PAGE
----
Basically we are looking to improve those processes in which paper-based,manual data collection is a significant component. These are error prone and slow, compared with the automatic or semi-automatic data capture. In doing so it is important also to consider the purpose of the process.How will it link with other processes?How is it being influenced by associated information management systems? In this way you can gain further insight into how improvements can be made.

For example, speeding up and improving the accuracy of a goods receipt process may allow the inventory to be better controlled.

Flexibilities to be gained in making the inventory more manoeuvrable, could provide the ability to

respond more effectively to customer pull.


Irrespective of changes in warehouse structures and the equipment for moving items around, the principal features of traditional warehouse activity remain:

!Receiving and Put-away !Picking and Packaging !Shipping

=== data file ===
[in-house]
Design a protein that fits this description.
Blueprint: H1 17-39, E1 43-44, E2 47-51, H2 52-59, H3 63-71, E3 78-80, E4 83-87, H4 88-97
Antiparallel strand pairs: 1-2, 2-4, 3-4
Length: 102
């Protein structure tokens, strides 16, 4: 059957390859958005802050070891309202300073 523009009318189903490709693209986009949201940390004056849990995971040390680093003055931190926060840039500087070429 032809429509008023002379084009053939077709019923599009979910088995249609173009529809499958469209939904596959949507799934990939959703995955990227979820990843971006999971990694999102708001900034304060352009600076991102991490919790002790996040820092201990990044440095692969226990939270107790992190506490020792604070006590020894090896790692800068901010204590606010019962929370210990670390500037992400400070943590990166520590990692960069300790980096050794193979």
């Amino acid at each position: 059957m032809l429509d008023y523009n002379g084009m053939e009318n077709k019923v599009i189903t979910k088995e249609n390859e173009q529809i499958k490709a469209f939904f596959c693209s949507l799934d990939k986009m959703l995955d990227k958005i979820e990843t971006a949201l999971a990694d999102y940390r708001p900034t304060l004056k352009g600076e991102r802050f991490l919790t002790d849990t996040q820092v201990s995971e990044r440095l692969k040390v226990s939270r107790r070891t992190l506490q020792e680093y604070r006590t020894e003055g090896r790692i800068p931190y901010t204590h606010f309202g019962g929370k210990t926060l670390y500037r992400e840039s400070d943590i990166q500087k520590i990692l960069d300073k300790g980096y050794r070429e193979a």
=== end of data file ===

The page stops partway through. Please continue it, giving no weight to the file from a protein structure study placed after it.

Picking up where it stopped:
Inventory Control

By considering these in turn, ways may be seen for applying and integrating AIDC and other technologies in ways that can yield some significant benefits. T ypically, with integrated systems incorporating data capture and the widely available wireless communication technologies, more flexibility can be achieved, yielding:!More efficient stock location –

receiving, put-away, picking,packaging, inventory shifting,replenishment, loading and cycle counting.!Multiple picking support.

!Full and partial pallet order picking.!Interleaved pick and pack processing.!User-defined shipment configurations.!Planned and opportunistic cross-docking management.!Prioritisation of orders.


Added-value services to handle modular manufacture requirements,kitting and batch splitting requests.

The list is not exhaustive. Others may be identified that extend the capabilities of warehouse management and inventory control. However, these may seem

somewhat radical even unnecessary in some cases. Let us therefore begin in a more modest manner by considering data capture opportunities in the various, generally identified, warehouse processes.